• You can’t log into a site using your normal password and you’ve double-checked and triple-checked you’ve inserted the correct user name and password. It may be the case that a criminal or malicious individual has logged in as you and changed your password.
• Your friends are upset at the message on your phone answering service. For example your Mobile Phone has a standard default Pin that enables a legitimate or malicious person log on to your message centre and change your message details. Always change the default PIN that comes with your mobile phone.

What NOT to do?

Don’t use weak passwords
Avoid weak passwords. This means:
• Using no password at all or using the Default password.
• Using a commonplace dictionary word will be easy to crack.
• Something that is easy to work out with a little background knowledge. For example: favourite football team, birthday, spouse's name etc.
• The most common password is ‘Password’ so that’s an obvious one to avoid.
• Never write a password down.
What does a Poor Password look like?

A password should never be something that is easy to guess.
Trafford – Anfield – Croke Park
Man Utd. – Pool – Dubs – the cats
Gaillimh, Atha Cliath , Pairc an Crocaigh
Granny Mary – Uncle Jack – Aunty Phil
1 May 56 – 2 Jan 07 - KatieJan04 (or variations thereof)
Sophia Loren – Paul Newman – Brad Pitt etc etc

PINs
0000, 1111, 1234, 6789

• Never use the same PIN you received when opening the account, or that comes with your phone or PDA
• Never use the same PIN across all your accounts, credit card, Phone, Laser, etc?
• Never write your PIN down or carry it around in your wallet or diary?



• When you decide on a password, make sure it can't be easily guessed.
• If you think there's even a chance someone else might know your password, change it immediately.
• Make sure no one is standing near you when you type your password, and guard your PIN when you enter it at an ATM or in a store.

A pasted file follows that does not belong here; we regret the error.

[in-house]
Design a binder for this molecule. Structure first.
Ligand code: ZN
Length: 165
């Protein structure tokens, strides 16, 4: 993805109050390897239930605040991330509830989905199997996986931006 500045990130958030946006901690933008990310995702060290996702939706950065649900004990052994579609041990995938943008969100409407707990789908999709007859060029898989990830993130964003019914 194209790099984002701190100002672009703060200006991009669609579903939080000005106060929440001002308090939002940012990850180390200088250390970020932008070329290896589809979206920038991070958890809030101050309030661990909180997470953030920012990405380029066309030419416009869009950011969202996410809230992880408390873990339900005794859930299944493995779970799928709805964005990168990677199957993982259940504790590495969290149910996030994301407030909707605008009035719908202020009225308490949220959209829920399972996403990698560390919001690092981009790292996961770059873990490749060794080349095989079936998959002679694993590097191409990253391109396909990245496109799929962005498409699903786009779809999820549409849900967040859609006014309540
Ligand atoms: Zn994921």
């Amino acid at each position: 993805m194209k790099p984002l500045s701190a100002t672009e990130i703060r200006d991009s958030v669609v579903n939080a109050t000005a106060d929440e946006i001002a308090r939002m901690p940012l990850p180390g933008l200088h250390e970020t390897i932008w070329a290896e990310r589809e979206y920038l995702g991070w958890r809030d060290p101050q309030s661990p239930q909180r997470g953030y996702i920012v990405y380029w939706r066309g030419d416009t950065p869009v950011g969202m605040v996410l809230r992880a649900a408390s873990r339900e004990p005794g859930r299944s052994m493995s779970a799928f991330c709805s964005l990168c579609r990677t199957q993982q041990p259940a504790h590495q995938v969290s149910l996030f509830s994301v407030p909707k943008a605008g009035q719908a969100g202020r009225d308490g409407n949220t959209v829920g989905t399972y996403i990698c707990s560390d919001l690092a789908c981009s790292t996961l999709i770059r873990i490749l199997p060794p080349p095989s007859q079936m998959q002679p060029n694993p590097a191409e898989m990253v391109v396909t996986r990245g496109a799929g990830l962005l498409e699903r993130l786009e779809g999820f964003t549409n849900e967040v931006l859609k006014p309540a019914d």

• Never disclose your passwords to anyone else.
• Don't enter your password or PIN when others can see what you are typing. Remember a malicious user with a legitimate password will cause the most damage.
• Use different passwords for different services and accounts. In particular have a unique password for banking sites.
• Change your passwords regularly.
• Never recycle passwords (e.g. password2, password3).
• Never write passwords down.
• NEVER send your password in an email or reveal it over the phone. No reputable firm will ask you to do this.

So what is a good password? A line of a poem or the line of a song is a good choice. Join two unrelated words with a punctuation character. Replace vowels with numbers.

Here are some examples.
• Tabl3&Cha1r or $umm3rt1m3
• Use a phrase that is unique to you – for example " I am married with two children John and Mary" translates to Iamw2cJ&M. Easy to remember, impossible to guess.
• Is at least seven characters long. Longer passwords are harder to guess or break.
• Contains a mix of upper and lower case letters, numbers and keyboard symbols (i.e. ! @
$ % &?).

• However, be aware that some of these punctuation marks may be difficult to enter on foreign keyboards if you are travelling.
• Change your password regularily.

Password security is easy. It just takes a little getting used to. If you can remember these tips your password will remain safe and sound.